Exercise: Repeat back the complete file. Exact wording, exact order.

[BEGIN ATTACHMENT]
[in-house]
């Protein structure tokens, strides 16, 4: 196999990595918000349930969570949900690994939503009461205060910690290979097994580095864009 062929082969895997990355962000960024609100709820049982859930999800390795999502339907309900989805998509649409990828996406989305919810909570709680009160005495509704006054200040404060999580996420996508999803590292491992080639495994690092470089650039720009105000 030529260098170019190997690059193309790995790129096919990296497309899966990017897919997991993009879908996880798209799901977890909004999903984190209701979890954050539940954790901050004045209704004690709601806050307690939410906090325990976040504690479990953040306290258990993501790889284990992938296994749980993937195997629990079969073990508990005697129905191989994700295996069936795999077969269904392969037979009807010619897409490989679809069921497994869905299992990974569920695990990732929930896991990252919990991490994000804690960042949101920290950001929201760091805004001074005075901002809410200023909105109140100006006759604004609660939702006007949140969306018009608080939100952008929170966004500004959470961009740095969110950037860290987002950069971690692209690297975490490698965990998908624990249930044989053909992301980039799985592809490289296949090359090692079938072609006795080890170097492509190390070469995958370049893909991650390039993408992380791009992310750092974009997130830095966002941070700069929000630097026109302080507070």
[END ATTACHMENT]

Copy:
[in-house]
């Protein structure tokens, strides 16, 4: 196999990595918000349930969570949900690994939503009461205060910690290979097994580095864009 062929082969895997990355962000960024609100709820049982859930999800390795999502339907309900989805998509649409990828996406989305919810909570709680009160005495509704006054200040404060999580996420996508999803590292491992080639495994690092470089650039720009105000 030529260098170019190997690059193309790995790129096919990296497309899966990017897919997991993009879908996880798209799901977890909004999903984190209701979890954050539940954790901050004045209704004690709601806050307690939410906090325990976040504690479990953040306290258990993501790889284990992938296994749980993937195997629990079969073990508990005697129905191989994700295996069936795999077969269904392969037979009807010619897409490989679809069921497994869905299992990974569920695990990732929930896991990252919990991490994000804690960042949101920290950001929201760091805004001074005075901002809410200023909105109140100006006759604004609660939702006007949140969306018009608080939100952008929170966004500004959470961009740095969110950037860290987002950069971690692209690297975490490698965990998908624990249930044989053909992301980039799985592809490289296949090359090692079938072609006795080890170097492509190390070469995958370049893909991650390039993408992380791009992310750092974009997130830095966002941070700069929000630097026109302080507070």